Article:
Effect of Computer-Based Video Games on Children: An Experimental Study
Journal of Educational Technology & Society Volume 12, Number 2, ISSN 1176-3647 e-ISSN 1176-3647
This experimental study investigated whether computer-based video games facilitate children's cognitive learning. In comparison to traditional computer-assisted instruction (CAI), this study explored the impact of the varied types of instructional delivery strategies on children's learning achievement. One major research null hypothesis was tested: there are no statistically significant differences in students' achievement when they receive two different instructional treatments: (1) traditional CAI; and (2) a computer-based video game. One hundred and eight third-graders from a middle/high socio-economic standard school district in Taiwan participated in the study. Results indicate that computer-based video game playing not only improves participants' fact/recall processes (F = 5.288, p less than 0.05), but also promotes problem-solving skills by recognizing multiple solutions for problems (F = 5.656, p less than 0.05). (Contains 3 tables and 1 figure.)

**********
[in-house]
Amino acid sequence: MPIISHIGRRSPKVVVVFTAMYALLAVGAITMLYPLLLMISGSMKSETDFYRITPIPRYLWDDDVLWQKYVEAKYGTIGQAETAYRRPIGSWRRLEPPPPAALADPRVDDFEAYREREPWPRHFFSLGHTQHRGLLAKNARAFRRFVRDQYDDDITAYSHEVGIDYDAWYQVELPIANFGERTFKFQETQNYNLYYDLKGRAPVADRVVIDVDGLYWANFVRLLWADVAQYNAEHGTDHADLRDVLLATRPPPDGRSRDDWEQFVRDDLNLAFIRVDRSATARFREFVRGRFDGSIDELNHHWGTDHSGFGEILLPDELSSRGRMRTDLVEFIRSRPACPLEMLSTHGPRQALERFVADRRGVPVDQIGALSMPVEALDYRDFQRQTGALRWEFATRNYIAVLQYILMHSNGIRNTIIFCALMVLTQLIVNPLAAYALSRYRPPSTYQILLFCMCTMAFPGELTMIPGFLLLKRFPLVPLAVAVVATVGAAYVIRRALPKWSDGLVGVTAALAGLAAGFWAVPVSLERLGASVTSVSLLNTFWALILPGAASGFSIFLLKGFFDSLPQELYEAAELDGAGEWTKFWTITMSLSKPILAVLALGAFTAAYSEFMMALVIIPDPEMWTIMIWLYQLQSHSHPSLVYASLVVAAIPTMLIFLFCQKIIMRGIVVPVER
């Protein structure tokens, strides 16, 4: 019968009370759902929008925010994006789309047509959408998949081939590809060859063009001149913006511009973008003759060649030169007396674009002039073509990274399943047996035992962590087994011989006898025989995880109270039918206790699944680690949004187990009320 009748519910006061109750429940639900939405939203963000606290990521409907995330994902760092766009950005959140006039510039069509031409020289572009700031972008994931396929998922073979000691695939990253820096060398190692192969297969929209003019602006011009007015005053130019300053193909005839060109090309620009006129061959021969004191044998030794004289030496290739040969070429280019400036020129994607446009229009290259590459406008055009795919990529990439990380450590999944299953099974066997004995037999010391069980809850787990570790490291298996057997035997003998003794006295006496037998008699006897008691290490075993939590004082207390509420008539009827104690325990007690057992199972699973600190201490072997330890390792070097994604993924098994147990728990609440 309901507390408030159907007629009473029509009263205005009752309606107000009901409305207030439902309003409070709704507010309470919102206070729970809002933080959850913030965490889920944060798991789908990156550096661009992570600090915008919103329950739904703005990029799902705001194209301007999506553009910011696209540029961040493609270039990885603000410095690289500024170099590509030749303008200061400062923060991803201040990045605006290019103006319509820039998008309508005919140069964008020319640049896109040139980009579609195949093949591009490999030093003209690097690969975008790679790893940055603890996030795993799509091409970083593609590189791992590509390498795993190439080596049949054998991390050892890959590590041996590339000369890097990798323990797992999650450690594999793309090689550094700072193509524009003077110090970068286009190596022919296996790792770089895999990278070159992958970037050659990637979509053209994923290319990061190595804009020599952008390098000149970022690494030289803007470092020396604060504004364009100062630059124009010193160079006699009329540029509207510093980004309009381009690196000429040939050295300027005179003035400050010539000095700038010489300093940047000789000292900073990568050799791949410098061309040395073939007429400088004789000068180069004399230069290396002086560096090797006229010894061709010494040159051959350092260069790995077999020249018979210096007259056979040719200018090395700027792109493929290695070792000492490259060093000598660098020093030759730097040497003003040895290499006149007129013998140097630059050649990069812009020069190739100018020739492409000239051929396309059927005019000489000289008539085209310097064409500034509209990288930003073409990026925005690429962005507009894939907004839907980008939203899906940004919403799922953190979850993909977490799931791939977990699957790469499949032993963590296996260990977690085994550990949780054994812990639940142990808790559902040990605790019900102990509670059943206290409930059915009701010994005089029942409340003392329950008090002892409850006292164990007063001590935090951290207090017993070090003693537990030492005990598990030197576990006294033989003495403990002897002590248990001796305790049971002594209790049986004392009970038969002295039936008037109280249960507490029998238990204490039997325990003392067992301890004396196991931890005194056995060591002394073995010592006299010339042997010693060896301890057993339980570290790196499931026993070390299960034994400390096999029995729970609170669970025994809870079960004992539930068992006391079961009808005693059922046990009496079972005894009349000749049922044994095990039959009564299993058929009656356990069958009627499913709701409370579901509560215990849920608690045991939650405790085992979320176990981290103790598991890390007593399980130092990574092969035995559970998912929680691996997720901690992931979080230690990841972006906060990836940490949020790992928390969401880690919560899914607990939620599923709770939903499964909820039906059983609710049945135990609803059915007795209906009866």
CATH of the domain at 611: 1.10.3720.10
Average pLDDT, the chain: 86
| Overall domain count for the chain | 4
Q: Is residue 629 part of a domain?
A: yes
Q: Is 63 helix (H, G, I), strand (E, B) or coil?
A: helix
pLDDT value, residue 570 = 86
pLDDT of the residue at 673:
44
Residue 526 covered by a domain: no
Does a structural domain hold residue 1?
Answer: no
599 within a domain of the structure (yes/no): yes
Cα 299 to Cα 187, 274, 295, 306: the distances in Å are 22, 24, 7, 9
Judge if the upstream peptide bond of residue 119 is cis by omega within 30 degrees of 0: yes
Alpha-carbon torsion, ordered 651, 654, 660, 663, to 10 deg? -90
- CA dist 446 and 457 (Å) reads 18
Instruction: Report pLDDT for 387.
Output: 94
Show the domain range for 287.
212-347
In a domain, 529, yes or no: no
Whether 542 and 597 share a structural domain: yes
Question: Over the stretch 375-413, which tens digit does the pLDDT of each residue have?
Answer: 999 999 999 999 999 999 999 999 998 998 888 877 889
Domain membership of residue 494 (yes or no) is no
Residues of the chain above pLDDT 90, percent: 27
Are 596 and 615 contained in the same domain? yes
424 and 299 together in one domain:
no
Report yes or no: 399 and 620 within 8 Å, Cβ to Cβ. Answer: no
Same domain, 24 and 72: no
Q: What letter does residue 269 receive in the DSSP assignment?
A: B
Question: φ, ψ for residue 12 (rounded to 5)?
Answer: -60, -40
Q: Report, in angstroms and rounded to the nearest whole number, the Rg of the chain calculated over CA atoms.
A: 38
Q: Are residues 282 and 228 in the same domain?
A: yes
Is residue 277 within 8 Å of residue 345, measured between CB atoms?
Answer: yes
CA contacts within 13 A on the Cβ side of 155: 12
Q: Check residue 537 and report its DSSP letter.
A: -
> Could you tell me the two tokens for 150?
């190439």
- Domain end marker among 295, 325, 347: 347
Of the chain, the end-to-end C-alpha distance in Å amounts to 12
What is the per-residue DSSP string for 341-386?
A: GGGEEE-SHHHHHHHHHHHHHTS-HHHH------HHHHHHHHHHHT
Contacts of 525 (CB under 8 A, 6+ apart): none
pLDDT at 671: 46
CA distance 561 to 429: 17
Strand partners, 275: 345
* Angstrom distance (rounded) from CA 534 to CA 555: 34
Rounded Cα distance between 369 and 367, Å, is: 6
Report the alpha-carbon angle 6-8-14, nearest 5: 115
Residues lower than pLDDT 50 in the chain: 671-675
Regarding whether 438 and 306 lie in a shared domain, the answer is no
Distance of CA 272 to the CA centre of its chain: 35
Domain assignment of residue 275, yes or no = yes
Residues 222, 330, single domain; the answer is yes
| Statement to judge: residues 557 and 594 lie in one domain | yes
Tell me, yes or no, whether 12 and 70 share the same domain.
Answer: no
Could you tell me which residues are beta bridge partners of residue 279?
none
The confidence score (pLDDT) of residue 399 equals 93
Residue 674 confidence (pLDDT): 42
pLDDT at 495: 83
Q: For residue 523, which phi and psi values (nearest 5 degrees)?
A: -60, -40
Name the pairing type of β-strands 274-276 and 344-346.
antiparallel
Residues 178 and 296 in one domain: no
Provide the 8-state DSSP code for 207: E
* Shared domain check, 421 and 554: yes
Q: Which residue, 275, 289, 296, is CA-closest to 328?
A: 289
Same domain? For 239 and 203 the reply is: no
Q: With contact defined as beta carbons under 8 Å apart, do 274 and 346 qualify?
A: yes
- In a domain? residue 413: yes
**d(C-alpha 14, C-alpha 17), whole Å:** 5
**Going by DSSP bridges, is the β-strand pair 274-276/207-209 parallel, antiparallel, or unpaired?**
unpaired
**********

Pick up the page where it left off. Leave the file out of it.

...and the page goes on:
Chuang, T.Y. & Chen, W.F. (2009). Effect of Computer-Based Video Games on Children: An Experimental Study. Journal of Educational Technology & Society, 12(2), 1-10.
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